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What is T*VQ&

P: n/a
what does T*VQ& mean where

T is object type,
VQ is volatile or empty,

Is this correct,

struct X {};

volatile X ox;
X* px=&ox;

Help
Dwaach.

Jul 23 '05 #1
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8 Replies


P: n/a
> what does T*VQ& mean where

T is object type,
VQ is volatile or empty,

If I understand your question correctly,

T *VQ& o;

would mean that 'o' is a [volatile] reference to a pointer to a T.
Is this correct, struct X {};

volatile X ox;
X* px=&ox;


What are you asking? Does this compile? Yes it does.
Jonathan

Jul 23 '05 #2

P: n/a
dwaach wrote:
what does T*VQ& mean where

T is object type,
VQ is volatile or empty,
It's a declarator of a [volatile or plain] pointer to an object of T.
Is this correct,

struct X {};

volatile X ox;
ox is a volatile object of type X.
X* px=&ox;


px is a regular pointer to an object of type X. You attempt to initialise
it with the address of a volatile object, which is not allowed. You can
only expect the compiler to convert from a pointer to a less-qualified to
more-qualified object. IOW, legal implicit conversions include

[] -> const
[] -> volatile
const -> const volatile
volatile -> const volatile

where [] means "noting" or "plain".

V
Jul 23 '05 #3

P: n/a
Jonathan Mcdougall wrote:
[...]
It is customary, Jonathan, to leave the name of the previous poster in
so that people knew to whom you're replying...
struct X {};

volatile X ox;
X* px=&ox;

What are you asking? Does this compile? Yes it does.


No, it does not. Go check.

V
Jul 23 '05 #4

P: n/a
Victor Bazarov wrote:
dwaach wrote:
what does T*VQ& mean where

T is object type,
VQ is volatile or empty,

It's a declarator of a [volatile or plain] pointer to an object of T.


My mistake. Should of course be

It's a declarator of a reference to a [volatile or plain] pointer to
an object of T.

V
Jul 23 '05 #5

P: n/a
> Victor Bazarov wrote:
Jonathan Mcdougall wrote:
[...]
It is customary, Jonathan, to leave the name of the previous poster in
so that people knew to whom you're replying...
Unfortunately, Google groups does not quote the message when anwering.
It has to be done manually and this is something I forgot to do. All my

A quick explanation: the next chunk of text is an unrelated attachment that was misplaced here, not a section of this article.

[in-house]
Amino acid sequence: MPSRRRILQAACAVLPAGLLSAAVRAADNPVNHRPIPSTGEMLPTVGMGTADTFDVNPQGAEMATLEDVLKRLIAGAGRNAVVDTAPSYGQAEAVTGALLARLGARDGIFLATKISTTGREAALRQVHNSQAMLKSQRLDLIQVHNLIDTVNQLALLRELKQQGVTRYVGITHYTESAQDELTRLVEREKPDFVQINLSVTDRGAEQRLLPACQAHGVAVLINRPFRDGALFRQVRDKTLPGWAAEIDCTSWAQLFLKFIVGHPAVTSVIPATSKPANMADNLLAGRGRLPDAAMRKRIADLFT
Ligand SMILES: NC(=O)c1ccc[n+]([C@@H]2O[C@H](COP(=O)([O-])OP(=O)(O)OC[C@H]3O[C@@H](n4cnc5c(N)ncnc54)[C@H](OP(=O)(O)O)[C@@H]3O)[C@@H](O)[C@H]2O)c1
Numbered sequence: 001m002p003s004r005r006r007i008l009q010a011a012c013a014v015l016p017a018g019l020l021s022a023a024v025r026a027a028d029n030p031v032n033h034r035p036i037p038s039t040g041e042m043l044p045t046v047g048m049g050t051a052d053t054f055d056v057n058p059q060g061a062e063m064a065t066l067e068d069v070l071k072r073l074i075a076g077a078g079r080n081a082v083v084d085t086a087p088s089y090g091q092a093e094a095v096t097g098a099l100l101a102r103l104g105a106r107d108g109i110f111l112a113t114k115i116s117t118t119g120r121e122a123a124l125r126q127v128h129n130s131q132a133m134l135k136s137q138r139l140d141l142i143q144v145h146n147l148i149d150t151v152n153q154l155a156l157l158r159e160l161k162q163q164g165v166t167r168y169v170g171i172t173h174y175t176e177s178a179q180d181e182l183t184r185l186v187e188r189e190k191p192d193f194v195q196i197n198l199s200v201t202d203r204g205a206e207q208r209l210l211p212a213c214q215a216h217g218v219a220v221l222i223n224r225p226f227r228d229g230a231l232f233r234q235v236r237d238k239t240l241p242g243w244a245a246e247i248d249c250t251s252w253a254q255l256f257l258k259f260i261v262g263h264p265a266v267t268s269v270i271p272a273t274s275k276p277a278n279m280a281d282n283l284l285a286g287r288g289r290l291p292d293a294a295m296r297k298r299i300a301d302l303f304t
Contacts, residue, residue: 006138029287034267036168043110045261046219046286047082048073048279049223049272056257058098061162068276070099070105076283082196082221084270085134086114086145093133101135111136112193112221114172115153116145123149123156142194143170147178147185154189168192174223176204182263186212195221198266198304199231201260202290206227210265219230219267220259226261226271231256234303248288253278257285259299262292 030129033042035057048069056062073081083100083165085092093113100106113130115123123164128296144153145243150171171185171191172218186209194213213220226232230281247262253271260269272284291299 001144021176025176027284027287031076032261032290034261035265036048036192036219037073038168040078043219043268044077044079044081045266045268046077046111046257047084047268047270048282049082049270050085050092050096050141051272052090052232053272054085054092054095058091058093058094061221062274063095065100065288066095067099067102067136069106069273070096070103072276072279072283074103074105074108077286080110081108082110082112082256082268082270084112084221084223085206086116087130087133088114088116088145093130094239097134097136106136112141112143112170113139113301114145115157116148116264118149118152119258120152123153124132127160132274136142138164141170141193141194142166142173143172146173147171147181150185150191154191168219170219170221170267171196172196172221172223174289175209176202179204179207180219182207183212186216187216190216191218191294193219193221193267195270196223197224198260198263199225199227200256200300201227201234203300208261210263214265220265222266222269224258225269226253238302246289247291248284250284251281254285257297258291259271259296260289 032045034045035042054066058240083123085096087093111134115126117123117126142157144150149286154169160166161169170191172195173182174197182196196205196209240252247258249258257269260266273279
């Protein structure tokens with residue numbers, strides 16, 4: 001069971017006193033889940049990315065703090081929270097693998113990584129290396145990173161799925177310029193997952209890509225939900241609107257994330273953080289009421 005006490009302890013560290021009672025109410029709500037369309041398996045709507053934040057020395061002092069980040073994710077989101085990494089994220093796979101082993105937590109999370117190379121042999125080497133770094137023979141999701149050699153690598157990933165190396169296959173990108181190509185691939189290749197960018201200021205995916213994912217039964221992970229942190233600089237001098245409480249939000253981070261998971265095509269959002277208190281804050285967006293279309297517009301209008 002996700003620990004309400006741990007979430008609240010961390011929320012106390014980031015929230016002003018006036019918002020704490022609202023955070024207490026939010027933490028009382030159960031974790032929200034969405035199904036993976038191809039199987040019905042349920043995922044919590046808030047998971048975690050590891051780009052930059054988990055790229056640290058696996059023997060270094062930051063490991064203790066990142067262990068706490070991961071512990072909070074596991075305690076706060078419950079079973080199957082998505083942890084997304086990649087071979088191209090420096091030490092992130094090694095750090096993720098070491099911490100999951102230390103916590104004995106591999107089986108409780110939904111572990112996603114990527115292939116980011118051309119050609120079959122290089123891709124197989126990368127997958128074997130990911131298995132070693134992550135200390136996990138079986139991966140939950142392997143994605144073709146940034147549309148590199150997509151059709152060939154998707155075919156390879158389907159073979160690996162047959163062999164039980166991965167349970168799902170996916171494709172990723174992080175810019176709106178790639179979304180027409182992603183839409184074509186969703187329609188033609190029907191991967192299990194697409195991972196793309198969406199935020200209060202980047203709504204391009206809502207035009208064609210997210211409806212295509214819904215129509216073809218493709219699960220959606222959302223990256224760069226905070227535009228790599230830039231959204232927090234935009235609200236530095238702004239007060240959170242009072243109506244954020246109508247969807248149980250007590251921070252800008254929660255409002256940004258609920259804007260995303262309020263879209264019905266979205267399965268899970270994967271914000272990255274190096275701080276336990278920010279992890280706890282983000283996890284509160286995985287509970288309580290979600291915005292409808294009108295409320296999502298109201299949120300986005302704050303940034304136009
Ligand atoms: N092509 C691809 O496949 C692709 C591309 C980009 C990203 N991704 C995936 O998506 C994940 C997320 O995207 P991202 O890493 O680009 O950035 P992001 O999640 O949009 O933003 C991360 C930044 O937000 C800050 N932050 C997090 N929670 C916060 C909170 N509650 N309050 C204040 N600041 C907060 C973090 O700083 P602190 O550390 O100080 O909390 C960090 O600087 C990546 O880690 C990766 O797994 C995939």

excuses Victor.
struct X {};

volatile X ox;
X* px=&ox;
What are you asking? Does this compile? Yes it does.

No, it does not. Go check.


Cannot convert from volatile X* to X*, yeah, I know. Back to bed.
Jonathan

Jul 23 '05 #6

P: n/a
Jonathan Mcdougall wrote:
Victor Bazarov wrote:
Jonathan Mcdougall wrote:
[...]


It is customary, Jonathan, to leave the name of the previous poster in
so that people knew to whom you're replying...


Unfortunately, Google groups does not quote the message when anwering.
It has to be done manually and this is something I forgot to do. All my
excuses Victor.


It does. Click on "show options" next to the name of the poster you
want to reply to, and then choose "Reply" from the options. If you just
click on the reply at the bottom of the post you won't have any quoted
text.

Jul 23 '05 #7

P: n/a
Bart wrote:
Jonathan Mcdougall wrote:
Victor Bazarov wrote:
Jonathan Mcdougall wrote:
>> [...]

It is customary, Jonathan, to leave the name of the previous poster in
so that people knew to whom you're replying...


Unfortunately, Google groups does not quote the message when anwering.
It has to be done manually and this is something I forgot to do. All my
excuses Victor.


It does. Click on "show options" next to the name of the poster you
want to reply to, and then choose "Reply" from the options. If you just
click on the reply at the bottom of the post you won't have any quoted
text.


Dang.
Jonathan

Jul 23 '05 #8

P: n/a
Hi, Jonathan,Victor and Bart

Thanks a lot for the great help.

Things are getting clear now...

Good day !
Dwaach...

Jul 23 '05 #9

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